|How does the system manage goal setter progress?||Moving forward in the goal-achievement process requires the goal setter to take physical action. Progress is managed through a physical device. Goal setters use the device as a boundary object to talk about their progress that is replayed through audio, video, or a text-based screen. They then speak, write, or type a single task they will complete before their next buddy meeting. During the week the device acts as a physical reminder to complete the task. If the task is completed there is a physical change in the device and a reward upon meeting the other goal buddy.|
|How does the system motivate activity and keep the goal setter committed?||Things are much easier with social support and remembering that your trying to do something you love. The system keeps goal setter’s motivated through two means: by using a face-to-face relationship as a motivation to stay committed and by integrating playful interactions throughout the process. Both of these elements give the goal setters moments to enjoy the process and remember why they are pursuing their long-term goals: It is something they are doing because they want to not because they have to.|
After moderating interviews through the use of an uninspiring five-page questionnaire I developed a Participatory Toolkit. Elizabeth B. N. Sanders, Eva Brandt and Thomas Binder describe Participatory Tools as activities which facilitate a conversation between individuals and a designer. My goal was to create a series of open ended, interpretive, participatory games to cause interviewees to offer reflective and inspirational information about their habits, behaviors, and beliefs surrounding the use of timekeepers and time management. The toolkit generated interesting discussion, led me to an interest in accountability, and caused me to notice a gap in people’s use of timekeepers.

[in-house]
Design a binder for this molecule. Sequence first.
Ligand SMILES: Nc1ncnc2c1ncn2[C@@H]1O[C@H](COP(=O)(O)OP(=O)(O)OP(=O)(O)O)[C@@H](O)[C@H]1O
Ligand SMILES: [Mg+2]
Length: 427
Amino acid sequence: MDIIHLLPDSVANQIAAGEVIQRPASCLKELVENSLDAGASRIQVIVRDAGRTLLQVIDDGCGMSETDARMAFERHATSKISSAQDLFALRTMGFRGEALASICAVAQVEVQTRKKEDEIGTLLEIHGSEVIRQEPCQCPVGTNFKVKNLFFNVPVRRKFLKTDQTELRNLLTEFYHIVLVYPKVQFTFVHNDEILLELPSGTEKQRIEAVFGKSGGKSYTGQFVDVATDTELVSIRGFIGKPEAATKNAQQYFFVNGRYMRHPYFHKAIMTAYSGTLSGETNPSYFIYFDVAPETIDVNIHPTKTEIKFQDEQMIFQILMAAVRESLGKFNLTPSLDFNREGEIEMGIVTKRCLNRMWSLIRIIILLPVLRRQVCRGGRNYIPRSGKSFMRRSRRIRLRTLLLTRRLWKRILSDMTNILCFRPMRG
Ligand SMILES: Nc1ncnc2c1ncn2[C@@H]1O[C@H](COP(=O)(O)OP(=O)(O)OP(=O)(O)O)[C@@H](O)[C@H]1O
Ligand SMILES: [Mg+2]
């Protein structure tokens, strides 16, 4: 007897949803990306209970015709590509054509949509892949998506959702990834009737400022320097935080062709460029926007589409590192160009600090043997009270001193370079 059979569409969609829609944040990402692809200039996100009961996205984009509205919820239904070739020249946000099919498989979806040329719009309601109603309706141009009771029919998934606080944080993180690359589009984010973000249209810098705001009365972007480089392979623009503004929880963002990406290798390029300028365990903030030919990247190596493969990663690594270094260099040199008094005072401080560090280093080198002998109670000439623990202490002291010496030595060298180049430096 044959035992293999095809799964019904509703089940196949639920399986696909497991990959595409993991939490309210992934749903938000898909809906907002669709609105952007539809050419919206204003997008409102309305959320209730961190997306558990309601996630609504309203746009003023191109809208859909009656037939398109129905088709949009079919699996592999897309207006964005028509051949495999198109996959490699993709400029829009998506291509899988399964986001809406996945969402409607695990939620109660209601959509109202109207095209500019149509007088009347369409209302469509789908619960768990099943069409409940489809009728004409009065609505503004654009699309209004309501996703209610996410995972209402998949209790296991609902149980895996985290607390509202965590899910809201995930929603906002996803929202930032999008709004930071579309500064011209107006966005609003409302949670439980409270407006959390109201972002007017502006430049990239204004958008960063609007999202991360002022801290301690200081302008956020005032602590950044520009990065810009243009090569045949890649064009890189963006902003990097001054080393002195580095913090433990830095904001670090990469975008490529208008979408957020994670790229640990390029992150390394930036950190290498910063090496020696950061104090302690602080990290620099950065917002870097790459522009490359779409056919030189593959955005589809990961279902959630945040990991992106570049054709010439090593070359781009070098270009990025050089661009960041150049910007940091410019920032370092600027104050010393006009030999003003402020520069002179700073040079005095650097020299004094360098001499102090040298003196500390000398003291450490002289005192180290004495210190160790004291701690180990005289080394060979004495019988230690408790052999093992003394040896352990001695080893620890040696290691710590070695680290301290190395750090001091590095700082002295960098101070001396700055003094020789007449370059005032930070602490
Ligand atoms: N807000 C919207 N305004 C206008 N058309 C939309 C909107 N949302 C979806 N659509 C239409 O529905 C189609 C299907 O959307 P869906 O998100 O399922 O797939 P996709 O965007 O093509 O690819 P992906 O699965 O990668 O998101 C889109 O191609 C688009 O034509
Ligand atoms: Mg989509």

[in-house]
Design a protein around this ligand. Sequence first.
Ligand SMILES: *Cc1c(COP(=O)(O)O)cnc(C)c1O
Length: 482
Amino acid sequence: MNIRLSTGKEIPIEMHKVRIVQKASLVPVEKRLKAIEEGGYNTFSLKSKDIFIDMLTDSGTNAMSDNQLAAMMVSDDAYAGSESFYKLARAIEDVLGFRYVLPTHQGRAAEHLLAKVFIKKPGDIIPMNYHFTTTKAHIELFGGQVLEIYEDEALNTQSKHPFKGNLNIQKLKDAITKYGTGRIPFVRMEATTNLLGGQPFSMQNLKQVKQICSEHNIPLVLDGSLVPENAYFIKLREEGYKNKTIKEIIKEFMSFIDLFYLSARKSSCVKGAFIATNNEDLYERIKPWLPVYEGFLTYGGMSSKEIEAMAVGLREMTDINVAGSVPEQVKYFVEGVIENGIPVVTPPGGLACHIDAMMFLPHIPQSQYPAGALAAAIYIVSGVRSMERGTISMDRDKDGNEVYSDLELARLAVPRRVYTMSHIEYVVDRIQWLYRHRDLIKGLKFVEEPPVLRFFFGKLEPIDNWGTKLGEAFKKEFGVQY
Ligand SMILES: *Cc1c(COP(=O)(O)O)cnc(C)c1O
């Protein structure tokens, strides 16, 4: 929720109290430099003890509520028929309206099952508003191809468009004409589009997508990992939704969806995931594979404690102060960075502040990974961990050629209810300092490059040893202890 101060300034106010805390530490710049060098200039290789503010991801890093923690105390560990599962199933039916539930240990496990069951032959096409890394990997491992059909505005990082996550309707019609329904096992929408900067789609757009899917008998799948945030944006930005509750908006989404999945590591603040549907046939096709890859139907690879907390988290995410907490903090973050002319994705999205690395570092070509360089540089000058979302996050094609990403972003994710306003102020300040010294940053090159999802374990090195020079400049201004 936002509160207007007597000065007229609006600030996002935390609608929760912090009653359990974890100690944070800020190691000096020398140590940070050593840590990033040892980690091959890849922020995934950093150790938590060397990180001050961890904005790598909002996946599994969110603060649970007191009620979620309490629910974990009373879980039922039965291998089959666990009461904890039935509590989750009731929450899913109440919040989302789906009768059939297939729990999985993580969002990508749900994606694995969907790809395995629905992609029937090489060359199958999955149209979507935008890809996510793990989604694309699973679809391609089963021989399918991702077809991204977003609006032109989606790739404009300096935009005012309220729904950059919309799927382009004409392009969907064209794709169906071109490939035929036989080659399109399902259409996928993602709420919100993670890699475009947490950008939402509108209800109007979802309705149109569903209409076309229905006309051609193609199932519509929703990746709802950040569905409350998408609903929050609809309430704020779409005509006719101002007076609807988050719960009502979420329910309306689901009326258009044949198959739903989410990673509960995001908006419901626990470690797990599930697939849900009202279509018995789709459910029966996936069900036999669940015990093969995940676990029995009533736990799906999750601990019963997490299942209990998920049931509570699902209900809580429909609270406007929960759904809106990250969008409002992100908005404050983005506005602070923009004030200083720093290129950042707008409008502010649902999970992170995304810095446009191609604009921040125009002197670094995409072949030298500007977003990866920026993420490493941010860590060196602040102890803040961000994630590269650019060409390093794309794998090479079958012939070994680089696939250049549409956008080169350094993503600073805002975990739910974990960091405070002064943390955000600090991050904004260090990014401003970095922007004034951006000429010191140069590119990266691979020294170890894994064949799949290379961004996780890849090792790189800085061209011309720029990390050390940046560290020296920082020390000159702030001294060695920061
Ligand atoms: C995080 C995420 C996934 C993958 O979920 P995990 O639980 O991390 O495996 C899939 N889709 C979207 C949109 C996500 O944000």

The system map was developed to demonstrate the relationships between the various touchpoints within the system. It helped me understand how and why the users would interact with the each of the touchpoints.
I developed a user journey in order to understand the comprehensive experience of the two goal buddies using the system over time. The user journey brought up questions such as “What happens when a goal buddy doesn’t complete a challenge?” and “What interactions should the handheld tangible device control and what information is found within the app/widget?” This exercise helped me realize that the system was too complicated and needed to be reduced down to a few simple actions. While I did address this complexity during my research through the creation of a refined Goal Buddy Cycle the functions of the system are still too complicated. I am currently working to build a simplified version of the GBS.
The quick sketches were a series of exploratory scenarios displayed through photographic storyboards. Building from a set of personas, they helped me explore the emotional experience a goal setter could have with smart objects. The purpose of each scenario was to find a different way to design a playful or game-like interaction. This exercise revealed that different users have different needs. It left me wondering how the features of the physical device would respond to those needs.
This study was an independent research project structured by multiple rounds of research proposals, public presentations, and formal written documents. The process included the following phases:
Phase 1: Preliminary Research
This phase included the production of: Workbook, Participatory Toolkit, Interview Results, Researchable Question, Research Proposal, Preliminary Presentation
Phase 2: Identifying Principles of Goal Management
This phase included the production of: Personas, Concept Map, Goal Assessment Questions, Goal Management Audit, Workflow Comparison Chart
Phase 3: Designing the System
This phase included the production of: System Map, Goal Buddy Cycle, Sample Challenges, Levels of Gamification Map
Phase 4: Designing the Interface
This phase included the production of: Design Investigation: Browsing Challenges, Design Investigation: Recording/Recalling Task, Interaction Timelines, Rough Prototypes & Sketches, Wireframes, Sample Scenario of Use
Phase 5: Documentation of Research
This phase included the production of a final presentation and research booklet following the complete process.
Also included in the book, here is the one page abstract.
A chronological description of my thesis research can be found at this wordpress blog.
Full resolution video coming soon!
Thesis Prep Presentation
Thesis Prep Presentation Video
Thesis Prep Documents